Untitled After passport control, where they carefully examined our faces to make sure they still matched our passports, it was off to more walking through hallways and standing in queues (now with a sleeping baby in arms) to pick up our baggage. On the bright side, we all finally found bag claim 5. And our baggage was actually on it, which seemed to be the one feat that American Airlines could pull off. The customs officer questioned us closely again: “Did you buy any fruit while you were in the departure terminal?” Apparently the departure terminal of the Auckland airport is no longer New Zealand and the fruit there will contaminate ALL THE CROPS and they will all DIE! Or maybe he just had to ask—because when we replied in the negative, he let us just walk through and not put our baggage through the x-ray machines (which would entail—you guessed it!—more standing in queues).

After all that, it was 5:00, and we finally made it to check-in counter D for American Airlines—with about four hundred other people, all in the same position we were in. More queueing entailed, and Jared used the last 16% of battery on his phone to call the number on the little ticket they gave us. So we got a flight rebooked for the next evening, which would get us to Oregon a hair’s breadth before a very important person’s wedding.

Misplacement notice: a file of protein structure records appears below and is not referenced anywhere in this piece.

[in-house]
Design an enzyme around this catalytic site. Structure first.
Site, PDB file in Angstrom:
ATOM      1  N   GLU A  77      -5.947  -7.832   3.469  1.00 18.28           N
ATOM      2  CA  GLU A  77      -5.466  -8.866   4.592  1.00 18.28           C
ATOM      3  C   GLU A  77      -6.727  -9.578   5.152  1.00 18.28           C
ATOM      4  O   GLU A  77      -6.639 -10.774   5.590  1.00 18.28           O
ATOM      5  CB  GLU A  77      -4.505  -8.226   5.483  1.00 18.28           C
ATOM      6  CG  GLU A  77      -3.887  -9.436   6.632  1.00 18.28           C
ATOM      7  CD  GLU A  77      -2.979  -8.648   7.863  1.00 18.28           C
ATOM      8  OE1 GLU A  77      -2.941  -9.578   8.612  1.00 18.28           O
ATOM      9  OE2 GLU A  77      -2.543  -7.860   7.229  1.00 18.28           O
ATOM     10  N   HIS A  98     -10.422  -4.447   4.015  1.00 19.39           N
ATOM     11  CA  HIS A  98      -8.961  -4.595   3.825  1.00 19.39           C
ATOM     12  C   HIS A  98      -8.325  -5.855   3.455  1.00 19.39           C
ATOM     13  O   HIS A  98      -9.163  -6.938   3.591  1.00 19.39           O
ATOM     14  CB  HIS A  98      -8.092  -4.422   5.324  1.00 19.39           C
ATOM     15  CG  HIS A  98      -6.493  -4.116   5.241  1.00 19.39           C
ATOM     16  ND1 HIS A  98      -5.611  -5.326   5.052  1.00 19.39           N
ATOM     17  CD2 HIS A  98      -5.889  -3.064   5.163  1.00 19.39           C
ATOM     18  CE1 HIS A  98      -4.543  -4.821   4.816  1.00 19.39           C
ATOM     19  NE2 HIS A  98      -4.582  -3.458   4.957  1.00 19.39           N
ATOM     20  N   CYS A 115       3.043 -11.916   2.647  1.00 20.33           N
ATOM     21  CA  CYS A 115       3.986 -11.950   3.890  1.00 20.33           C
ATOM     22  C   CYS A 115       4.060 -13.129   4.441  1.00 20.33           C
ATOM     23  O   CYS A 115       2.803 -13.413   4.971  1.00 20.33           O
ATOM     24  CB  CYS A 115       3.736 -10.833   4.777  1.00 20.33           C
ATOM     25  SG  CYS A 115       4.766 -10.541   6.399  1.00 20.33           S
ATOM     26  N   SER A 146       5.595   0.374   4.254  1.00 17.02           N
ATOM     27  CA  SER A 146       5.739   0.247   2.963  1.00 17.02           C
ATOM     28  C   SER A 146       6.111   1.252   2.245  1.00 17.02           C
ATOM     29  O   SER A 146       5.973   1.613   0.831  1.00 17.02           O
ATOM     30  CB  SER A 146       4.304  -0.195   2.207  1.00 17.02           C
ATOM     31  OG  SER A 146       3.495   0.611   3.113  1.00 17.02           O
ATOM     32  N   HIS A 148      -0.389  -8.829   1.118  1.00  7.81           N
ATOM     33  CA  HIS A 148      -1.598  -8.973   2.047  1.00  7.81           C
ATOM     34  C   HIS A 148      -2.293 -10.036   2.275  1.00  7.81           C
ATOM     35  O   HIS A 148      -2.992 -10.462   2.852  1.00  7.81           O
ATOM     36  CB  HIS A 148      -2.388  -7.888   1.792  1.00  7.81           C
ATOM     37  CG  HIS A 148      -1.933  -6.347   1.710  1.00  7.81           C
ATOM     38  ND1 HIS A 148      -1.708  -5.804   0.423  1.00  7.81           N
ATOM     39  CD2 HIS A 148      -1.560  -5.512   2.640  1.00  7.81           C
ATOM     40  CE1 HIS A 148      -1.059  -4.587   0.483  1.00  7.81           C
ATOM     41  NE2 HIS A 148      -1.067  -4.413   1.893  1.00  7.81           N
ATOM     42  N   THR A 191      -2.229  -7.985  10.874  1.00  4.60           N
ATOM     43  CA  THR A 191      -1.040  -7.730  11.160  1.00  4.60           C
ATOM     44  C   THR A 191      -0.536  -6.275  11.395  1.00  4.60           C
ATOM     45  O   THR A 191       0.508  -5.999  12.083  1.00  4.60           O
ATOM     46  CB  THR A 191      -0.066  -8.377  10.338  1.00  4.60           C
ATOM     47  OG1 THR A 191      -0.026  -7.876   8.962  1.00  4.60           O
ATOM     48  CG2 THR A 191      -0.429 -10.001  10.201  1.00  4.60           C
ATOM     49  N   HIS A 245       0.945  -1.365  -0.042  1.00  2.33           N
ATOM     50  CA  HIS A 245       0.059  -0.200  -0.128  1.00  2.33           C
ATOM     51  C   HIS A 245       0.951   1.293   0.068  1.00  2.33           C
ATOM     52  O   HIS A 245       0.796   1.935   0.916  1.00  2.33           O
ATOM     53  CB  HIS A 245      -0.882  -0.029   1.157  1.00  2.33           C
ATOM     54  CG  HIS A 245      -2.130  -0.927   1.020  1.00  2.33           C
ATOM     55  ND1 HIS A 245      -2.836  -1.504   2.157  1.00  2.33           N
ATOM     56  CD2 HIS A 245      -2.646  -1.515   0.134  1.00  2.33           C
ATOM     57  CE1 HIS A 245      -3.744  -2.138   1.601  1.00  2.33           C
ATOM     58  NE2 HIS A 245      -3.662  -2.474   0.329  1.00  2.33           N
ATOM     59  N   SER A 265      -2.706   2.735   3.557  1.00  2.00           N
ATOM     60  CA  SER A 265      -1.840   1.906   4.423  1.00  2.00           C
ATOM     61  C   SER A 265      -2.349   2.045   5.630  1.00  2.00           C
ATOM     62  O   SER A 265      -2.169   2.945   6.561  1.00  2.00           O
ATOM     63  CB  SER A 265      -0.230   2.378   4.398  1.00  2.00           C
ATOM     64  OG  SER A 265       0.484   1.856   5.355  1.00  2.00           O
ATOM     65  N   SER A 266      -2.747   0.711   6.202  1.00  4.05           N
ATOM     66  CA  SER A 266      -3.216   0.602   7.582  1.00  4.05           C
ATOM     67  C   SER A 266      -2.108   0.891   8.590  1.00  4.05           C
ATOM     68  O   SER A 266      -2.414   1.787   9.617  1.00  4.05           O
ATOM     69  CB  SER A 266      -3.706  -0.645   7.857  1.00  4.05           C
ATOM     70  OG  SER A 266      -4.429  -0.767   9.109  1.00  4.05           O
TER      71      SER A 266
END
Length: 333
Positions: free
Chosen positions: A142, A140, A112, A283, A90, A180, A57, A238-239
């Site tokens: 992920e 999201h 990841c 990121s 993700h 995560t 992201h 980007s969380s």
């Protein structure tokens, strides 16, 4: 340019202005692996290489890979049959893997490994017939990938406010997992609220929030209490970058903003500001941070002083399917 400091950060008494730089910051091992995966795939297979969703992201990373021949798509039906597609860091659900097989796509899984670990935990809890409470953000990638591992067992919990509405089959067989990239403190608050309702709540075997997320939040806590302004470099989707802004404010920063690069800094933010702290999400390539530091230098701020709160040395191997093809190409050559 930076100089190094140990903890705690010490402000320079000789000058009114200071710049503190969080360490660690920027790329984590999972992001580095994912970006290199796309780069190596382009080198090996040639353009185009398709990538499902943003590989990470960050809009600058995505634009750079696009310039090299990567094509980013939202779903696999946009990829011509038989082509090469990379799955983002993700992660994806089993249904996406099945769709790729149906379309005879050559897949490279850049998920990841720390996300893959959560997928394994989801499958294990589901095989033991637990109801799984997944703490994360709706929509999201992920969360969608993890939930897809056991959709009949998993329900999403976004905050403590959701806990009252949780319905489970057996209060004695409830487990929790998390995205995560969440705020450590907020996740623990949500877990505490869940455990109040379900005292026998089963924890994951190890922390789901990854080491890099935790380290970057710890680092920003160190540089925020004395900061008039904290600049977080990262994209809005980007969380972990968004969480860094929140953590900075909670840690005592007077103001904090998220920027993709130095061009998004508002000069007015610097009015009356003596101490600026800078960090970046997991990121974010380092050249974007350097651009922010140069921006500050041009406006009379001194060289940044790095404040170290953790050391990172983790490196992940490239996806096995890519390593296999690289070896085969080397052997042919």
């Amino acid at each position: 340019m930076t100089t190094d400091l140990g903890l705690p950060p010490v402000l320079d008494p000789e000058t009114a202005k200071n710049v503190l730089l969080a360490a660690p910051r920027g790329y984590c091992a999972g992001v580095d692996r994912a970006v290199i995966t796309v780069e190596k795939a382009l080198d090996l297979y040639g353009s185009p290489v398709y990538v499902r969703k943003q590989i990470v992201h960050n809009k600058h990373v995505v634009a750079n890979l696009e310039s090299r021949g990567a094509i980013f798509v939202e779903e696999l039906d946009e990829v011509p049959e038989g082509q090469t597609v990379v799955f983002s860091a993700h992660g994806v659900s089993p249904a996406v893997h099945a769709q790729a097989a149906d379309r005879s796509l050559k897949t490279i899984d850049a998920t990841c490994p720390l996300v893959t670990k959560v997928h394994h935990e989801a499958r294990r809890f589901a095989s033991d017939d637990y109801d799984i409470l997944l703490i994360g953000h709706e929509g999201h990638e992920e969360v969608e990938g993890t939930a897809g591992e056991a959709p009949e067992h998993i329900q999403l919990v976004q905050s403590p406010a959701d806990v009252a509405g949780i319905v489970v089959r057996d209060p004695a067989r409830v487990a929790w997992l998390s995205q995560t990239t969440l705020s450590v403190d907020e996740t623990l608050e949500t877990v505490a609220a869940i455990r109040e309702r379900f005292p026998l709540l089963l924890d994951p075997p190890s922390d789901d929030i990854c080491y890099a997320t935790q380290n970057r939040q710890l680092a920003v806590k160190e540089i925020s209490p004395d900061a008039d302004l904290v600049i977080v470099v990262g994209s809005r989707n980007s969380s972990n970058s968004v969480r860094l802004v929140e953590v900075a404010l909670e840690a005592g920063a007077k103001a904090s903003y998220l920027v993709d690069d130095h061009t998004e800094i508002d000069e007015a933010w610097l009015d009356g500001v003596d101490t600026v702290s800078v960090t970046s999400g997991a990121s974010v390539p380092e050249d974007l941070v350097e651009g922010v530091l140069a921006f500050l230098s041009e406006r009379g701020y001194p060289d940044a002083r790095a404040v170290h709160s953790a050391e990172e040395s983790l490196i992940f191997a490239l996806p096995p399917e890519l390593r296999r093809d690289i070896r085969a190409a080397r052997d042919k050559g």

Now just remained the knotty little problem of where we would stay. If our phones had worked (mine had no data, and Jared’s no battery), we might have just sucked up the cost and called the Airbnb we had stayed at the whole week. As it was, we stayed in the queue to try to find some lodging for the night. We waited…and waited…and waited…and then JQ, who had napped about thirty minutes and was starting to get hungry, started screaming, “Mommy, go out! Mommy, I go out!” It was a lightbulb moment for the staff, who hurriedly came and escorted us up front. “Oh, you have a child! Come wait up here and we’ll be with you in just a minute.” Everyone around us looked a little jealous, and a couple people jokingly called out, “Wait, I’m his sister! I’m the auntie!” Moral of the story: definitely try to travel with a two-year-old if possible.